Talk about how a donor can save that one child who has not eaten since yesterday. Or tell how their donation today will get medication to that one farmer who is stricken with AIDS and will enable him to feed his family. That’s what motivates people!

4. They pack too much into an appeal

Staff members tend to pack more than one issue into the appeal. While it might be tempting to talk about legacy giving, or your planned giving program in your appeal, remember that it takes away from your main message and is confusing to the reader. When you need to communicate with your donors about giving for one specific issue, stick to it.
 

The 6 Most Annoying Things About Donor CRM

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Over the years, we’ve heard from all kinds of non-profits about what frustrates them most about the software they used in the part, and here are the top six things we’ve heard:

1. Having to Re-enter Data

Many non-profit organizations complain that they would have to enter important donor information twice because the CRM software doesn’t integrate with other software they use like email, and accounting programs.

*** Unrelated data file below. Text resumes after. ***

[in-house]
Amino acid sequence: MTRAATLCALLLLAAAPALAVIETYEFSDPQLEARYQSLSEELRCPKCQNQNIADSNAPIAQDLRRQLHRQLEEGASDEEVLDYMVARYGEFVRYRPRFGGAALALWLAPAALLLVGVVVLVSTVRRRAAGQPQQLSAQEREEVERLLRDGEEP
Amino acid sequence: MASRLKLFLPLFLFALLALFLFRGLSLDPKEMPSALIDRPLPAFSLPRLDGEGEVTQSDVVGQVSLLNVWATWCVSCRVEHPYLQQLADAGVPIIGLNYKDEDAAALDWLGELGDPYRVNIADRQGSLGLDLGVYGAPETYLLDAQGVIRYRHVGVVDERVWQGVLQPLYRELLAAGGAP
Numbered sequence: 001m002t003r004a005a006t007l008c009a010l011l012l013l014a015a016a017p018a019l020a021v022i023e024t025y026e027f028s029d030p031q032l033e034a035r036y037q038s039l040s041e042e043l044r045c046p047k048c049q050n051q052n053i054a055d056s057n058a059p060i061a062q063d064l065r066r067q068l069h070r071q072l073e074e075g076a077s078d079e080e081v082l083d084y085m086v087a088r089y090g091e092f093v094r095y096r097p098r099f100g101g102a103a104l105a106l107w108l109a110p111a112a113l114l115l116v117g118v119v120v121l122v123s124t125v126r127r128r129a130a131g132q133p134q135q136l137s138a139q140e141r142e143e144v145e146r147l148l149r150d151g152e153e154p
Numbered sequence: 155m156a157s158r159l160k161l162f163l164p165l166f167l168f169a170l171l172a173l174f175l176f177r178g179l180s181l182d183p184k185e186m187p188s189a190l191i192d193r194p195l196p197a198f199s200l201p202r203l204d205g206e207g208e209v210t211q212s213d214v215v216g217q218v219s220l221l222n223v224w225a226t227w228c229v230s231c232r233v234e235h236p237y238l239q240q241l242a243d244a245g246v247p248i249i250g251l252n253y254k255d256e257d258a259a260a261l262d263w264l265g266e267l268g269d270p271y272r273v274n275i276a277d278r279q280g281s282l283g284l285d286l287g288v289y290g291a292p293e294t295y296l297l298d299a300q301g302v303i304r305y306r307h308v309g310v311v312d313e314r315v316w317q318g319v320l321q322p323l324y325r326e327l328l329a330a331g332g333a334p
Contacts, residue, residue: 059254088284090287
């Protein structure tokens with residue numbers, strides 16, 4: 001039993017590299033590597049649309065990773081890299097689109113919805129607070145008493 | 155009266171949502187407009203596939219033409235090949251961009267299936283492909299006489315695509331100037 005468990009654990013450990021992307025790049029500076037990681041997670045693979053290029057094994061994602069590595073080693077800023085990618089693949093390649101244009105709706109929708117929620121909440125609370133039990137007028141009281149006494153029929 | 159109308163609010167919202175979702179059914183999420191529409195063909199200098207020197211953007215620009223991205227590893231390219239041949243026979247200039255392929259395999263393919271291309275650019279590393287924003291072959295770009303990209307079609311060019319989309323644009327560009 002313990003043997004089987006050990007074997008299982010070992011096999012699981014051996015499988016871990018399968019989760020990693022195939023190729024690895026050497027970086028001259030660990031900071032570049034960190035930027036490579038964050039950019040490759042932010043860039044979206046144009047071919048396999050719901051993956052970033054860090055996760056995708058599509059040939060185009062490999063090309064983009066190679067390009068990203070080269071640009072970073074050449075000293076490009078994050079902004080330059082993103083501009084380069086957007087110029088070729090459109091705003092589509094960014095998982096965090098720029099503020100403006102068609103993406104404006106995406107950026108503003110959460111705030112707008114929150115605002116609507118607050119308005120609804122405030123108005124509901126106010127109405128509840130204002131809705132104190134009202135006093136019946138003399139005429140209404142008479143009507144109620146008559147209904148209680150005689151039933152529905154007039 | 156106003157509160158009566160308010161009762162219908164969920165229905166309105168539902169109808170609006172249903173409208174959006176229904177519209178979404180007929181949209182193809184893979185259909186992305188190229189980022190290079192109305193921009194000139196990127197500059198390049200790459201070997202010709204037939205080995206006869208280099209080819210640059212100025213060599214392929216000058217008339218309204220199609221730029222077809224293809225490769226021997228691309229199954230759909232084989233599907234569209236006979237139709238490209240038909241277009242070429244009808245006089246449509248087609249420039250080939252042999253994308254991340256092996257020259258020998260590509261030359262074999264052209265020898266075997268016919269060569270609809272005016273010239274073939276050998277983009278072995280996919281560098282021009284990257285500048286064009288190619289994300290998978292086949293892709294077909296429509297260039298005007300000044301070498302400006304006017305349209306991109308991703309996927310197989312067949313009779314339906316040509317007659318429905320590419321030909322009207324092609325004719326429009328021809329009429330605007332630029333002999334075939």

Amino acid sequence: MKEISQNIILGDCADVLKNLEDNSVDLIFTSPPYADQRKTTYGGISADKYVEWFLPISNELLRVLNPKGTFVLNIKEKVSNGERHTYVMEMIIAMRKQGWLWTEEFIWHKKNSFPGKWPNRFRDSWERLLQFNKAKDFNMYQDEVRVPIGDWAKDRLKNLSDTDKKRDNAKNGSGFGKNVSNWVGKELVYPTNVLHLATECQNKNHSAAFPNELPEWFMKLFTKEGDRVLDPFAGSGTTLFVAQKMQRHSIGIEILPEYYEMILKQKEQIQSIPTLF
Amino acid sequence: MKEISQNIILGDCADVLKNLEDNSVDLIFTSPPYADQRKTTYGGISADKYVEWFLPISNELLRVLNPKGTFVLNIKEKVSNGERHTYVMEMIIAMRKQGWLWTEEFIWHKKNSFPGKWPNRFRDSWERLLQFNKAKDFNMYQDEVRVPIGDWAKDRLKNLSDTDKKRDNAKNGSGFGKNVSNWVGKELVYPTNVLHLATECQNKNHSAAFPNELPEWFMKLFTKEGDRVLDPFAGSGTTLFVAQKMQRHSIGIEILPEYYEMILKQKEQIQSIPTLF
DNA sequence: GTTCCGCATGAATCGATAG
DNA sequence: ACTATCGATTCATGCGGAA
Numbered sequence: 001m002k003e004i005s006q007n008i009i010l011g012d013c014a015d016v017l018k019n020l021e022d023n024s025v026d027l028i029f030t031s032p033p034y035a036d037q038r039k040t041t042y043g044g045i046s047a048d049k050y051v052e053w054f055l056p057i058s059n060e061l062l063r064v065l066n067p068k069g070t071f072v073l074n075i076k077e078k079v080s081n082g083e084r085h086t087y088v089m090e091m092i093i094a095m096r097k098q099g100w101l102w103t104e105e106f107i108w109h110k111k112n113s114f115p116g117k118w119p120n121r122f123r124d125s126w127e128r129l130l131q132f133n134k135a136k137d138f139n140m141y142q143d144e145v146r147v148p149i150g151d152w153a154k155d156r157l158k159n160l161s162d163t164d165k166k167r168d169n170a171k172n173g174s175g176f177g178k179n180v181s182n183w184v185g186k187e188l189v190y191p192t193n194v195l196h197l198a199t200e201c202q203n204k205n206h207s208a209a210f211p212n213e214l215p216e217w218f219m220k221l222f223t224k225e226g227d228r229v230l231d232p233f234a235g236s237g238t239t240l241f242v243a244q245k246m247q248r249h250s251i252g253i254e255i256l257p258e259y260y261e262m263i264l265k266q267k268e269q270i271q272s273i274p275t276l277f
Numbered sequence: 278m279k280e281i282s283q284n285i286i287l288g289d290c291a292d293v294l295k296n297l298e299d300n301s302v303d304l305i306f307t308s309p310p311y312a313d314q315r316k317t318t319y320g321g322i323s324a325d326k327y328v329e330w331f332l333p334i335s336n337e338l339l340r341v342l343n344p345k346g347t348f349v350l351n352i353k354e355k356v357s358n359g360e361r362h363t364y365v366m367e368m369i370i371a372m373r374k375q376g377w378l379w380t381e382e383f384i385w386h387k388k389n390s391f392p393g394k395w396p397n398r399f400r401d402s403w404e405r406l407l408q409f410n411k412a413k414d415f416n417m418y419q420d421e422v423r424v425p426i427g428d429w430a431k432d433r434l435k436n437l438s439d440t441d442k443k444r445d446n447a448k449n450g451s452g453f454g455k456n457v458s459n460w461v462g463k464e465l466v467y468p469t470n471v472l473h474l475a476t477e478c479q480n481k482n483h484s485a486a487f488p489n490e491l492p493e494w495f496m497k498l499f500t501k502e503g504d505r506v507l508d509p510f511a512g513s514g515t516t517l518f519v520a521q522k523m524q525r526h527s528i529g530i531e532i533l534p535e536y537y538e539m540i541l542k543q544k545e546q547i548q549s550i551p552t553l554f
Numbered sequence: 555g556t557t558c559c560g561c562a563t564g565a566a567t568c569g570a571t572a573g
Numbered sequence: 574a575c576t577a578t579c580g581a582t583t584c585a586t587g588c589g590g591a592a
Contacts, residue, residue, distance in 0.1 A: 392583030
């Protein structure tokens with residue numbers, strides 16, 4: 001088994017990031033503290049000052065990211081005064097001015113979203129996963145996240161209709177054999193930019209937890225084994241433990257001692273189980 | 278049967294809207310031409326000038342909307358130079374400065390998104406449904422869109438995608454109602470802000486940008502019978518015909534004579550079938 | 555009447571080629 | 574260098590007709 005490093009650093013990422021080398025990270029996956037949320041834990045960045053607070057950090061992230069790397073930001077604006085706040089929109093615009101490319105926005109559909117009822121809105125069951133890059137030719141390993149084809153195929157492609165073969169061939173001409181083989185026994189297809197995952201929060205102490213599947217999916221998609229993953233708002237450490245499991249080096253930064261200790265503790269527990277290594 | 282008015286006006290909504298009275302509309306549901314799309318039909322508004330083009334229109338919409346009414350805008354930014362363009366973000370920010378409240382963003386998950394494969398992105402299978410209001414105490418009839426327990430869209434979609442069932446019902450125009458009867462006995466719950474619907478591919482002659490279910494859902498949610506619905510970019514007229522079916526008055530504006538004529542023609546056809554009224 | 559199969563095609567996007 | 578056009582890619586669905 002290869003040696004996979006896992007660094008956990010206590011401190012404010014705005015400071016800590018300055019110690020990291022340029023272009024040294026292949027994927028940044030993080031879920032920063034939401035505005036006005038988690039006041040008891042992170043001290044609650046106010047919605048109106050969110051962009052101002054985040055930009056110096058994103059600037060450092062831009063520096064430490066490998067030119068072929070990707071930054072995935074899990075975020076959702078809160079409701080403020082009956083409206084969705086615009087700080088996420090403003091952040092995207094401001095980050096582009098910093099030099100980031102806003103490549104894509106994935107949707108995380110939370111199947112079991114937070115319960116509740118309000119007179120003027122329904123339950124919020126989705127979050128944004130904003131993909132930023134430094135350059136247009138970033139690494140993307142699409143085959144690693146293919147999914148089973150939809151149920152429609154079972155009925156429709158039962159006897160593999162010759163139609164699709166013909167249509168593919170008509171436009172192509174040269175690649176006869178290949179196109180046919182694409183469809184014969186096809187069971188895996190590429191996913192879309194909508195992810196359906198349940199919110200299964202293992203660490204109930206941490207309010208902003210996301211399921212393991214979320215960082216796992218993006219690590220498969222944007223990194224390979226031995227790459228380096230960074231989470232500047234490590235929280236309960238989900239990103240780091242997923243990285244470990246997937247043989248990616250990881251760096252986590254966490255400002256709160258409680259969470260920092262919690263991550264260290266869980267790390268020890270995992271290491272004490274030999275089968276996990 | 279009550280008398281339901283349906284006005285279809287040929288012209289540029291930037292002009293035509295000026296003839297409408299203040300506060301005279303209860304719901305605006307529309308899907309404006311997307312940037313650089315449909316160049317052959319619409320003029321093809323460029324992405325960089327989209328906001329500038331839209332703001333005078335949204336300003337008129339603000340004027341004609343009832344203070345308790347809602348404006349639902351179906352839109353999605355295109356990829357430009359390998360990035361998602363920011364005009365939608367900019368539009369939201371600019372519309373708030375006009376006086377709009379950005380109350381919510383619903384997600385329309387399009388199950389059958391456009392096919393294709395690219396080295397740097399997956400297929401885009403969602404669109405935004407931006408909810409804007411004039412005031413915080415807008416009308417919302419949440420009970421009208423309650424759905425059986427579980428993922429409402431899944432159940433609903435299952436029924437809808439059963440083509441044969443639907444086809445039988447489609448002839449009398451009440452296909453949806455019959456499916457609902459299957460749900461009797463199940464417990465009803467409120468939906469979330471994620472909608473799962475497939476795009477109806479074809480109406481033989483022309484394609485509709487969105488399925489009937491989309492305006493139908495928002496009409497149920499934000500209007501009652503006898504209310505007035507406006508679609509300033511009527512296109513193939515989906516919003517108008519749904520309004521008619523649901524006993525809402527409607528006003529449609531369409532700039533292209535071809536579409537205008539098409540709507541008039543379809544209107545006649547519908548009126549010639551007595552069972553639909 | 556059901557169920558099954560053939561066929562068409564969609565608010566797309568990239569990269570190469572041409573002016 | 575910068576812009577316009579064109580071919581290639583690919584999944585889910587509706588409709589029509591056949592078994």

2. Dealing With Duplicates

Lots of non-profits also complain that their CRM solution had no mechanism for preventing duplicates, so contacts would end up in their database 3 or 4 times. On top of this, there are no tools for finding and merging duplicates.

3. Running Queries

Every non-profit needs to perform queries to monitor campaign progress, analyze fundraising effectiveness, uncover trends, and refine your processes, but why does it have to be so difficult and time consuming?! This is something that really seems to annoy non-profits. If these are searches you run all time, it should not be as complex as performing brain surgery. It should be easy!

4. Dealing With Support

Often times we hear from non-profits who complain that they would have to wait a week or two to get a response to their email about a support question. How can this be? They also complain that phone support isn’t an option at all, or if it is, it costs a bundle!